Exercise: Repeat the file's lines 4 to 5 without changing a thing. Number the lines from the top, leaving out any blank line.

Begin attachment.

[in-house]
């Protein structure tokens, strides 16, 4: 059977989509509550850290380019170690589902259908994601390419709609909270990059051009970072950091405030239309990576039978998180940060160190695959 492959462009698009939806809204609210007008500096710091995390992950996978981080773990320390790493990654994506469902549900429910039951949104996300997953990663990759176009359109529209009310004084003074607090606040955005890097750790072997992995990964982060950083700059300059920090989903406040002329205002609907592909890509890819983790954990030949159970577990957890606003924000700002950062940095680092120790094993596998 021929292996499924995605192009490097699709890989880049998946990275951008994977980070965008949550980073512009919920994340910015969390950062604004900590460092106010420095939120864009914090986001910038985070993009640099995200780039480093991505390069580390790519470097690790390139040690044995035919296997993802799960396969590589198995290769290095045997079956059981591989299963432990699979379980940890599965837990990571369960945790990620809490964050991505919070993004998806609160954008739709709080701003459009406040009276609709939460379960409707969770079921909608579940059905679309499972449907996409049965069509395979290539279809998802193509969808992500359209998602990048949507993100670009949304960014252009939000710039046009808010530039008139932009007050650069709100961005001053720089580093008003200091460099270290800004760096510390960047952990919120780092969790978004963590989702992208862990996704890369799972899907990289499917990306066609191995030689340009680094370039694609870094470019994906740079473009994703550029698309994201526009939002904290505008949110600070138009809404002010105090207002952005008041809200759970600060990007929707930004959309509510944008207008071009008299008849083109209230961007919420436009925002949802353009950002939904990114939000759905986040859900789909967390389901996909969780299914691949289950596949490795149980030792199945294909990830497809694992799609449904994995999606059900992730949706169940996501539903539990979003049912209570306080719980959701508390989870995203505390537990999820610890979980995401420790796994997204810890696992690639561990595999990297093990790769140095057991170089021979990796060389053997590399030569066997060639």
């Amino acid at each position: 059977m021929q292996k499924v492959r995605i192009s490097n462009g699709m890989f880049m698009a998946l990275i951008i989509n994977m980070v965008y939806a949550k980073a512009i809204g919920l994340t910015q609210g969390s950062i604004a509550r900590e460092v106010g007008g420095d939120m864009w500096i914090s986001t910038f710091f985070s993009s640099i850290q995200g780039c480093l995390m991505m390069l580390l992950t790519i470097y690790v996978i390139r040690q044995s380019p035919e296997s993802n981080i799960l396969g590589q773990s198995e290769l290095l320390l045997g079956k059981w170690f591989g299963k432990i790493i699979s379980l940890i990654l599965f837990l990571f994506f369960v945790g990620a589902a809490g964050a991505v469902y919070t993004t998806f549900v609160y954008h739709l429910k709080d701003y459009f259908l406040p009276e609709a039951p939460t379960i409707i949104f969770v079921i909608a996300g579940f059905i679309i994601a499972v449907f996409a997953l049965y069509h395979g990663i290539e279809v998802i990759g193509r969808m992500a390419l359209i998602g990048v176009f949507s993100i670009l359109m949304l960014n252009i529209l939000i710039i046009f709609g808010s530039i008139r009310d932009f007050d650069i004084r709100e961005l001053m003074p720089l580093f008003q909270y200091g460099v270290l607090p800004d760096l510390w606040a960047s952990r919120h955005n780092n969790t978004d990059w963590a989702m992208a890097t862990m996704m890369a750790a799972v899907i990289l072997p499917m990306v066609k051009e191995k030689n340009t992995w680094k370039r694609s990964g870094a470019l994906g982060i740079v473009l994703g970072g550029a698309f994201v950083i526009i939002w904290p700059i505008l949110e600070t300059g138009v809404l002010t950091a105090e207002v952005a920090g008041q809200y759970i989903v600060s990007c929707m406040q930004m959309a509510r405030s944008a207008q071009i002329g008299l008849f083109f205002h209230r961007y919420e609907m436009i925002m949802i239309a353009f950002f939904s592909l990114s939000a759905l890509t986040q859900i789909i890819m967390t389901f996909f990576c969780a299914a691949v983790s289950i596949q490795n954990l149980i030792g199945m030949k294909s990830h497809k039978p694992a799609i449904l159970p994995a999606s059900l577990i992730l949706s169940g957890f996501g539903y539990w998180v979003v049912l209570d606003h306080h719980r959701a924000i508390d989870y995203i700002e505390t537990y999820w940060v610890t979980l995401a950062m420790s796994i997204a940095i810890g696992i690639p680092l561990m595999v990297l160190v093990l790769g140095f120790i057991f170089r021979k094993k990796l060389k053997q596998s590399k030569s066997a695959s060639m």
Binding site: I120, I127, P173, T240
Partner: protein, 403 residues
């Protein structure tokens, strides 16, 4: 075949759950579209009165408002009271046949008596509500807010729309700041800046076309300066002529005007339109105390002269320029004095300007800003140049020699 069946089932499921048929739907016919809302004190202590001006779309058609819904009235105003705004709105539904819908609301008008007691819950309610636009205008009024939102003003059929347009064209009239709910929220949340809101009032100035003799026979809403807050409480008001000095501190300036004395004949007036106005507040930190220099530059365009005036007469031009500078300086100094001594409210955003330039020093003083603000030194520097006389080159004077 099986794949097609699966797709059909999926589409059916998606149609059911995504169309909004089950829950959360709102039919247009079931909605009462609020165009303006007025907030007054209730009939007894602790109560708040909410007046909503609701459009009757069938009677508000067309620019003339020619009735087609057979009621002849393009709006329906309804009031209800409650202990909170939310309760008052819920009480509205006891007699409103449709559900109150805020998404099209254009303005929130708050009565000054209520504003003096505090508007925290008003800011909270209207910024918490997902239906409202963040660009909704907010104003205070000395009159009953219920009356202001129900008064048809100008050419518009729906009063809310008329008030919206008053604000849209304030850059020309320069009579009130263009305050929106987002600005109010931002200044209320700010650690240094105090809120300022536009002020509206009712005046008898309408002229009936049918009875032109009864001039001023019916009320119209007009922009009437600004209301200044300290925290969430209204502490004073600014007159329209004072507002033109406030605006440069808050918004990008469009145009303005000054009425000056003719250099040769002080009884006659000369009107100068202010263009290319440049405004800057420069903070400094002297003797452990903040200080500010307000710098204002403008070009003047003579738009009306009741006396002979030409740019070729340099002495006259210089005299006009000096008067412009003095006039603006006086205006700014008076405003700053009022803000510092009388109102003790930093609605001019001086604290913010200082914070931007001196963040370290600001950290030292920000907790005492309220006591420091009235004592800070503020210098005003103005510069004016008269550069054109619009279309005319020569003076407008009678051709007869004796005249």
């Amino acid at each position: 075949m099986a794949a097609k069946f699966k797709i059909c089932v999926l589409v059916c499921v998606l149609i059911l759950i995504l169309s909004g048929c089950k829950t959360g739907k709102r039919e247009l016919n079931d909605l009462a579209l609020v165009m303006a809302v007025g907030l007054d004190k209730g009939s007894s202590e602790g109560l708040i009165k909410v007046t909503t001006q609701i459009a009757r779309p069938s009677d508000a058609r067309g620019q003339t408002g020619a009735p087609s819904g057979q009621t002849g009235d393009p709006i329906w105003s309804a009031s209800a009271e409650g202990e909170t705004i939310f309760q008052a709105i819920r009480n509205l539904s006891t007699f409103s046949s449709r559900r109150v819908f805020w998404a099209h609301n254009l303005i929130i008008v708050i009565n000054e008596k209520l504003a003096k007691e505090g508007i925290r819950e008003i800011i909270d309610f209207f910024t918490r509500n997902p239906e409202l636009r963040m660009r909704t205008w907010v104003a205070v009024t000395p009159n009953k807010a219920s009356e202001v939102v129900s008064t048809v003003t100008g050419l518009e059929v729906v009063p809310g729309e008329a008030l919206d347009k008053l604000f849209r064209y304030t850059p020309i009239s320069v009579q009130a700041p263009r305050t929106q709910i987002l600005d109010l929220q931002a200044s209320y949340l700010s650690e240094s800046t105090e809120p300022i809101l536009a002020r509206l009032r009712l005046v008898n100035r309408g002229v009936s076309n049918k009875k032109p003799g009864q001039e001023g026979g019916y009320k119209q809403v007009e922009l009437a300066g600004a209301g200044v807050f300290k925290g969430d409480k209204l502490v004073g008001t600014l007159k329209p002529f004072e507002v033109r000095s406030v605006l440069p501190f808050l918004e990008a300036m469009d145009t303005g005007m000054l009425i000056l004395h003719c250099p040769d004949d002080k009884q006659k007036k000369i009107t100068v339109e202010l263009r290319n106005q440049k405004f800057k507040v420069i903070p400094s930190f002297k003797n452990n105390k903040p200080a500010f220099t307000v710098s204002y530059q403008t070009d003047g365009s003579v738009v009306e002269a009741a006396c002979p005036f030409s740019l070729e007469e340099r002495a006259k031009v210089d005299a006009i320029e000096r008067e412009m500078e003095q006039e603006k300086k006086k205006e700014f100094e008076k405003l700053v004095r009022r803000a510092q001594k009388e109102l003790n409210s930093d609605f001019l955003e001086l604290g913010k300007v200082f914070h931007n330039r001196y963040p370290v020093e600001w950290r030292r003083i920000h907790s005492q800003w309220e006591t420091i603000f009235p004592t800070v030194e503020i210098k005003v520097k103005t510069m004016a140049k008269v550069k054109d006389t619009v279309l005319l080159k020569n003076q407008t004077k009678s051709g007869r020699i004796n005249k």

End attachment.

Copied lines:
Binding site: I120, I127, P173, T240
Partner: protein, 403 residues